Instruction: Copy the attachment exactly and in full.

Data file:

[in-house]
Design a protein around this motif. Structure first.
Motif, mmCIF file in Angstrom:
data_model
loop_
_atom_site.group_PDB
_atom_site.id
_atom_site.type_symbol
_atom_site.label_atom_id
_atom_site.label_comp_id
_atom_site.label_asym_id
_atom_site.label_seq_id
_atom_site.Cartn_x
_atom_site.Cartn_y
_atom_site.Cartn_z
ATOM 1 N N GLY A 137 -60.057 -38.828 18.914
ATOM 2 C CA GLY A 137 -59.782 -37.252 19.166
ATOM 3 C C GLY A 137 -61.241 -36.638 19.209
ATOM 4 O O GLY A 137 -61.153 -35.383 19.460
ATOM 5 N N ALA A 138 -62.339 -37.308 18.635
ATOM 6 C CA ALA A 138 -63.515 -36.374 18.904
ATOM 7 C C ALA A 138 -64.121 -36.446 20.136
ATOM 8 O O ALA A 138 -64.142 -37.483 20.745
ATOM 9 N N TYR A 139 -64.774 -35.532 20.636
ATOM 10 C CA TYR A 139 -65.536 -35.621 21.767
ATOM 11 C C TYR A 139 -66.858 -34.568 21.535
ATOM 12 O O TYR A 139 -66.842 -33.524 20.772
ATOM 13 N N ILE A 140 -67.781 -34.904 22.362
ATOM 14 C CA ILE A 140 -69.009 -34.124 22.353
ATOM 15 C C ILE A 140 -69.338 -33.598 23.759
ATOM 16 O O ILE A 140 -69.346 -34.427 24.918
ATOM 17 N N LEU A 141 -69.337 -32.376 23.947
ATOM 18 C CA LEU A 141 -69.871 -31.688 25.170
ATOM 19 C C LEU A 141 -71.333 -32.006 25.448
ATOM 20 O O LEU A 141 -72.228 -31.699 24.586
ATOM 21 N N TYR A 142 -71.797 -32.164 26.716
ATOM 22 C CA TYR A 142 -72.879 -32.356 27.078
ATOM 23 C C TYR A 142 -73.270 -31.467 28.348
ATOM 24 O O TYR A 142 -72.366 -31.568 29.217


[in-house]
Design a protein around this motif. Structure first.
Motif, mmCIF file in Angstrom:
data_model
loop_
_atom_site.group_PDB
_atom_site.id
_atom_site.type_symbol
_atom_site.label_atom_id
_atom_site.label_comp_id
_atom_site.label_asym_id
_atom_site.label_seq_id
_atom_site.Cartn_x
_atom_site.Cartn_y
_atom_site.Cartn_z
ATOM 1 N N GLY A 137 -60.057 -38.828 18.914
ATOM 2 C CA GLY A 137 -59.782 -37.252 19.166
ATOM 3 C C GLY A 137 -61.241 -36.638 19.209
ATOM 4 O O GLY A 137 -61.153 -35.383 19.460
ATOM 5 N N ALA A 138 -62.339 -37.308 18.635
ATOM 6 C CA ALA A 138 -63.515 -36.374 18.904
ATOM 7 C C ALA A 138 -64.121 -36.446 20.136
ATOM 8 O O ALA A 138 -64.142 -37.483 20.745
ATOM 9 N N TYR A 139 -64.774 -35.532 20.636
ATOM 10 C CA TYR A 139 -65.536 -35.621 21.767
ATOM 11 C C TYR A 139 -66.858 -34.568 21.535
ATOM 12 O O TYR A 139 -66.842 -33.524 20.772
ATOM 13 N N ILE A 140 -67.781 -34.904 22.362
ATOM 14 C CA ILE A 140 -69.009 -34.124 22.353
ATOM 15 C C ILE A 140 -69.338 -33.598 23.759
ATOM 16 O O ILE A 140 -69.346 -34.427 24.918
ATOM 17 N N LEU A 141 -69.337 -32.376 23.947
ATOM 18 C CA LEU A 141 -69.871 -31.688 25.170
ATOM 19 C C LEU A 141 -71.333 -32.006 25.448
ATOM 20 O O LEU A 141 -72.228 -31.699 24.586
ATOM 21 N N TYR A 142 -71.797 -32.164 26.716
ATOM 22 C CA TYR A 142 -72.879 -32.356 27.078
ATOM 23 C C TYR A 142 -73.270 -31.467 28.348
ATOM 24 O O TYR A 142 -72.366 -31.568 29.217